Wednesday, April 23, 2014
Mainers have been flocking to the federal government’s website to buy health insurance over the past two weeks, reflecting a nationwide rush to secure benefits under the Affordable Care Act by Wednesday, the day that coverage begins.
Libby Cummings, an outreach and enrollment specialist for the Portland Community Health Center, helps recent immigrant Tarunkumar Vaswani file his insurance request at the Portland Public Library on Friday.
John Ewing/Staff Photographer
Enrollment specialist Libby Cummings provides assistance Friday to recent immigrant Jean-Paul Ruzibiza. Cummings has helped more than 150 people sign up for health insurance so far. She put in 12-hour days through most of December, but was not overbooked at the end. “It was absolutely nuts those last two weeks” before a Dec. 23 deadline, she said.
John Ewing/Staff Photographer
But the widespread power outages caused by this week’s ice storm may be keeping some Maine residents from signing up at healthcare.gov, said an executive of one of the companies that are offering insurance plans in Maine.
Kevin Lewis, executive director of Maine Community Health Options, said Friday that the co-op will try to make coverage retroactive to Jan. 1 if consumers sign up within a reasonable time after their lights come on. Lewis said he will seek federal approval to adjust coverage deadlines because of the weather.
The other company that’s offering plans in Maine, Anthem Blue Cross Blue Shield, had a Dec. 23 deadline to enroll for coverage effective Jan. 1.
Maine Community Health Options doesn’t have firm numbers yet for December enrollments, but the total is expected to jump significantly from the 1,700 people who had signed up through Nov. 30.
Enrollment statistics for December will be released in mid-January by the Centers for Medicare and Medicaid, the federal agency that operates the healthcare.gov website and administers the Affordable Care Act.
November sign-ups, although relatively few, showed an increase over October, when technological problems made the website virtually unusable, frustrating millions of uninsured or self-insured consumers across the nation who were shopping for coverage.
National traffic on healthcare.gov escalated through December. There were 880,000 visitors on the federal website Tuesday. The peak day for enrollments was Monday, when the site supported 83,000 simultaneous users, The Associated Press reported.
In Maine, most enrollments apparently were completed before the full effects of the ice storm set in Monday, according to health insurance sources.
“The biggest push happened the week before,” said Emily Brostek, consumer assistance program manager for Consumers for Affordable Health Care, an Augusta-based group that advocates for health care reform.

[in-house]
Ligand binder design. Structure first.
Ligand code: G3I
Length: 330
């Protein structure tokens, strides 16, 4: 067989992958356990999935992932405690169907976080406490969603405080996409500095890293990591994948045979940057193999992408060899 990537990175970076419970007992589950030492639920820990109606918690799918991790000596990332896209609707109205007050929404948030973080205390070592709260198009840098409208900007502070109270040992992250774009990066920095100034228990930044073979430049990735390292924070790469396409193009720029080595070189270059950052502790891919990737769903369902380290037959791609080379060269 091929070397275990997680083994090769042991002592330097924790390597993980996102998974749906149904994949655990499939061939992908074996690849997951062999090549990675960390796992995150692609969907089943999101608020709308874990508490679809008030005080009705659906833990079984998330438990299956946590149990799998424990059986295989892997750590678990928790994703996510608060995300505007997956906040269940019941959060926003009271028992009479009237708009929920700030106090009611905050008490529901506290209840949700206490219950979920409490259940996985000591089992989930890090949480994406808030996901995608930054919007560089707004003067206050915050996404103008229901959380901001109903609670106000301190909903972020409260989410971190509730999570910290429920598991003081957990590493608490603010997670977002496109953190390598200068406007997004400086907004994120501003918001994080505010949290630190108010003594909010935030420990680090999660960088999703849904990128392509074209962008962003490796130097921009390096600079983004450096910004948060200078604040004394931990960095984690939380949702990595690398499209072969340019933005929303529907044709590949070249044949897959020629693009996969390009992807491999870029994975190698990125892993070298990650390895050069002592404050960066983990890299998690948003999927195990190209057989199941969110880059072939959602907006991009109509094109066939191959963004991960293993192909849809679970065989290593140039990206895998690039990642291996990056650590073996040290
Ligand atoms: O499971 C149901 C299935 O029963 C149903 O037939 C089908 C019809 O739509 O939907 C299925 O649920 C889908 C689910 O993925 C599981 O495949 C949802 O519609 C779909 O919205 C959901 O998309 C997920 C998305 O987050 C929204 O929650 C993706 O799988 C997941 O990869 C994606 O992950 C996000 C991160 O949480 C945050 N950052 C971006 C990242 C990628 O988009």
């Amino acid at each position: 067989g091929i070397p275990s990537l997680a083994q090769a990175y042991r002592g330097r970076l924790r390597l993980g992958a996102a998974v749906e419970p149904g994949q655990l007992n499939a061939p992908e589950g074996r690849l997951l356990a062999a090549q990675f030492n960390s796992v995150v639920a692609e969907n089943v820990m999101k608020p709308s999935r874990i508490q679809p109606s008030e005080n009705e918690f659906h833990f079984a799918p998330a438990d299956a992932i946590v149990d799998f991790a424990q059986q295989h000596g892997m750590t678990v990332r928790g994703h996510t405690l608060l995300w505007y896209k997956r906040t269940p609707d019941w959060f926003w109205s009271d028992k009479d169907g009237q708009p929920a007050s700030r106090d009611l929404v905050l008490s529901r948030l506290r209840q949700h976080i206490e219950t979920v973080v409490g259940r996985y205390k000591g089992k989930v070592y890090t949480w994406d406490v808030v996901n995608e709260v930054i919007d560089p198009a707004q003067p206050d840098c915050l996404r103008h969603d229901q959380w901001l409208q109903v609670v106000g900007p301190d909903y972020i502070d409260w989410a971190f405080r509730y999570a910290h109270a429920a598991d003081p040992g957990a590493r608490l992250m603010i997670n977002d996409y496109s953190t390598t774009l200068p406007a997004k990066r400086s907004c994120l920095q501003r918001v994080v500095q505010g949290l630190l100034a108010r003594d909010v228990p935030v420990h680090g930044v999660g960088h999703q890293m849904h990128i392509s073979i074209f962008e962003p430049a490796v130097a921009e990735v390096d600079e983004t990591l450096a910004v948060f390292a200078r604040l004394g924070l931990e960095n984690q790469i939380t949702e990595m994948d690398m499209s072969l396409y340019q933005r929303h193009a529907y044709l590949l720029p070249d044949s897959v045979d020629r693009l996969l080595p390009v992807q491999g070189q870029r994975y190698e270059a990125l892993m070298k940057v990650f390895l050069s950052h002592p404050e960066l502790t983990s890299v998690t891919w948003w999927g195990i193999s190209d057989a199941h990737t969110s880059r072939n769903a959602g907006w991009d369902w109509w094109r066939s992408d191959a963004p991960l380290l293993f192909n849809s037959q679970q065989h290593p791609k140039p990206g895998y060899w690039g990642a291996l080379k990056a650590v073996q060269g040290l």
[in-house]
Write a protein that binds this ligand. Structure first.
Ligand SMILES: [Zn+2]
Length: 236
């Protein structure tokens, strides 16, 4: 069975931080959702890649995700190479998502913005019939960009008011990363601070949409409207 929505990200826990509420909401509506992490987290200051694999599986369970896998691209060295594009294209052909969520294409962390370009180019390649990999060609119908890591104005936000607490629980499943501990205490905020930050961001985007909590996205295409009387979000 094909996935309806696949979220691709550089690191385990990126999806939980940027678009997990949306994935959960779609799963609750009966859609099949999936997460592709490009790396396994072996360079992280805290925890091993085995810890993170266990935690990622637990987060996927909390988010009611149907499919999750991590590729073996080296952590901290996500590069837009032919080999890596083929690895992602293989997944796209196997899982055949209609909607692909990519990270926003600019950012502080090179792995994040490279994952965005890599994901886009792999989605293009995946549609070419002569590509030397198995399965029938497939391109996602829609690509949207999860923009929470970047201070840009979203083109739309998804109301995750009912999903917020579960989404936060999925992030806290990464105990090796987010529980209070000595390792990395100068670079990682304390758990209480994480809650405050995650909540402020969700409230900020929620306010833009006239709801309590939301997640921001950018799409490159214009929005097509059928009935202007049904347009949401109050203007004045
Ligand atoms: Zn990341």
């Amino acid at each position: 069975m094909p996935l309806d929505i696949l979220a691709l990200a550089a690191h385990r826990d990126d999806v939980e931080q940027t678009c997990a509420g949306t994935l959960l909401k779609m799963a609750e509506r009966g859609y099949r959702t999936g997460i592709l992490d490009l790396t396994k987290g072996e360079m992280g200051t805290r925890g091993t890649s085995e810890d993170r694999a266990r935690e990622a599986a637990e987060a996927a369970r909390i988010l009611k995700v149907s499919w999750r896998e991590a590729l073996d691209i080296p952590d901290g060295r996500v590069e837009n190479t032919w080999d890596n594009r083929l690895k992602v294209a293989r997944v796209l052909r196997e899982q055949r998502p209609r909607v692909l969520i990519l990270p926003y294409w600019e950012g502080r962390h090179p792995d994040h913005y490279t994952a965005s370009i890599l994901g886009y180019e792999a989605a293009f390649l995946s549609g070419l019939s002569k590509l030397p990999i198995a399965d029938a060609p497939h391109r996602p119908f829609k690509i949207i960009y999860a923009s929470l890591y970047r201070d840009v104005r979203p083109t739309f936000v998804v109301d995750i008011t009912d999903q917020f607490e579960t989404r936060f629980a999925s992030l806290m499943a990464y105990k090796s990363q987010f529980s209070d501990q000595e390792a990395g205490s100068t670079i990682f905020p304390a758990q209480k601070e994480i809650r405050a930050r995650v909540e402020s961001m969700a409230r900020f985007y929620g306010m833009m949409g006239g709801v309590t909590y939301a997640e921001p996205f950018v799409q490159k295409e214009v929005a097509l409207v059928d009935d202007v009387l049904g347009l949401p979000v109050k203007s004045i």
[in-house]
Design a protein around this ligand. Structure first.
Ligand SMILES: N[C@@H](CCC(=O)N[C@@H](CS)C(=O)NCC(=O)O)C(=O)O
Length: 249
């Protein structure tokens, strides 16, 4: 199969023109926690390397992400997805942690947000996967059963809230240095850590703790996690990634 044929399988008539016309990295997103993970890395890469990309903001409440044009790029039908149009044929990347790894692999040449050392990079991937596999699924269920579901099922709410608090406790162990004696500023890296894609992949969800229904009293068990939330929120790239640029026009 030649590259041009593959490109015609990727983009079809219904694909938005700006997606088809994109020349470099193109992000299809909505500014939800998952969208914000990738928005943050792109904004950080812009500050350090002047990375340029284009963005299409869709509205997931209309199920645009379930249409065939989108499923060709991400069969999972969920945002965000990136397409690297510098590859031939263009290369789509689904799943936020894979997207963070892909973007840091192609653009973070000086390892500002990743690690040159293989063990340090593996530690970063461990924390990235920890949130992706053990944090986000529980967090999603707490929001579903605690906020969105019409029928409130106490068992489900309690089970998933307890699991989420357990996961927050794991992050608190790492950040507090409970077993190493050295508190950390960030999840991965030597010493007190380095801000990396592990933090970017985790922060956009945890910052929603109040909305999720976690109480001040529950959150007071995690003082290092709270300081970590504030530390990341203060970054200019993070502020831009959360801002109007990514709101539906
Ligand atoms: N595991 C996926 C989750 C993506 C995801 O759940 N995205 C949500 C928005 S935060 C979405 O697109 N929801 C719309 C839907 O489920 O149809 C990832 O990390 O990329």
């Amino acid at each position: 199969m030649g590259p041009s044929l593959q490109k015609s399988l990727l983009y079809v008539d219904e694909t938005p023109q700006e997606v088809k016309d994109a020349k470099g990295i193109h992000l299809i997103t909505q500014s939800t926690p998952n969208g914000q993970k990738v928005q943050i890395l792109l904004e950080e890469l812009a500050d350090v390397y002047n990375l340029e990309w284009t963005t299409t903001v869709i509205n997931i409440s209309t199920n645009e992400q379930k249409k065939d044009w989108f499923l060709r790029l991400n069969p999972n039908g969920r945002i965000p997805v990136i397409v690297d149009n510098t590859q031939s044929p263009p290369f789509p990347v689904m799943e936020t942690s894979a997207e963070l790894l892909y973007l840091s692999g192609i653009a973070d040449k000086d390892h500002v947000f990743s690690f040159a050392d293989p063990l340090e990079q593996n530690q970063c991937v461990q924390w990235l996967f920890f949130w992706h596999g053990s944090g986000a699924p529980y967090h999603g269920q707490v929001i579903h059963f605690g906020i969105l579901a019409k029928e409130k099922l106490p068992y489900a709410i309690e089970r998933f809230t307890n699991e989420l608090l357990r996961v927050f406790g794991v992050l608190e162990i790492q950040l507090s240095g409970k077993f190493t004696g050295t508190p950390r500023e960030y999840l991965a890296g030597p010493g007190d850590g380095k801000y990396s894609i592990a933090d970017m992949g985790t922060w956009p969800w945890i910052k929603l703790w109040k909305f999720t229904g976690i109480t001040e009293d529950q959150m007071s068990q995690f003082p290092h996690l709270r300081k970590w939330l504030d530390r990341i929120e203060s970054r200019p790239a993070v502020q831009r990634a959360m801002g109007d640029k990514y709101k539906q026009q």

The group has helped to answer questions about the Affordable Care Act and signed up Mainers for coverage. Brostek said navigators – federally funded workers who help people enroll – strongly encouraged residents not to wait until the last day to act, and that helped ease what could have been a final-day crush of enrollments.
People who sign up after Dec. 31 can still get coverage, but it will begin in February instead of January – unless their enrollment was delayed by the ice storm.
Libby Cummings, who has helped more than 150 people sign up for health insurance at the Portland Community Health Center, said she put in 12-hour days through most of December, but was not overbooked at the end.
“The people who were really desperate to sign up for insurance, who really needed to have insurance start in January, set up appointments before” Dec. 23, Cummings said. “It was absolutely nuts those last two weeks.”
She said people weren’t procrastinating so much as they were giving the website more time to work smoothly.
Cummings held “office hours” at the Portland Public Library on Friday, answering questions from passers-by about how to sign up.
Two recent immigrants, Jean-Paul Ruzibiza of Burundi and Tarunkumar Vaswani of India, asked Cummings about how to obtain coverage. She said immigrants who are seeking asylum can’t qualify for MaineCare, the state’s Medicaid program, but are allowed to sign up for subsidized coverage under the Affordable Care Act – but it’s a more complicated process for noncitizens.
Ruzibiza, 49, a civil engineer, said he will be able to work and get benefits through an employer, but he’s waiting for his green card approval before he can start working. In the meantime, he’s signing up for coverage through the Affordable Care Act.
Ruzibiza said he’s working to bring his wife and five children, who are in a refugee camp in an undisclosed location, to Maine as soon as he can.
Joe Lawlor can be contacted at 791-6376 or at: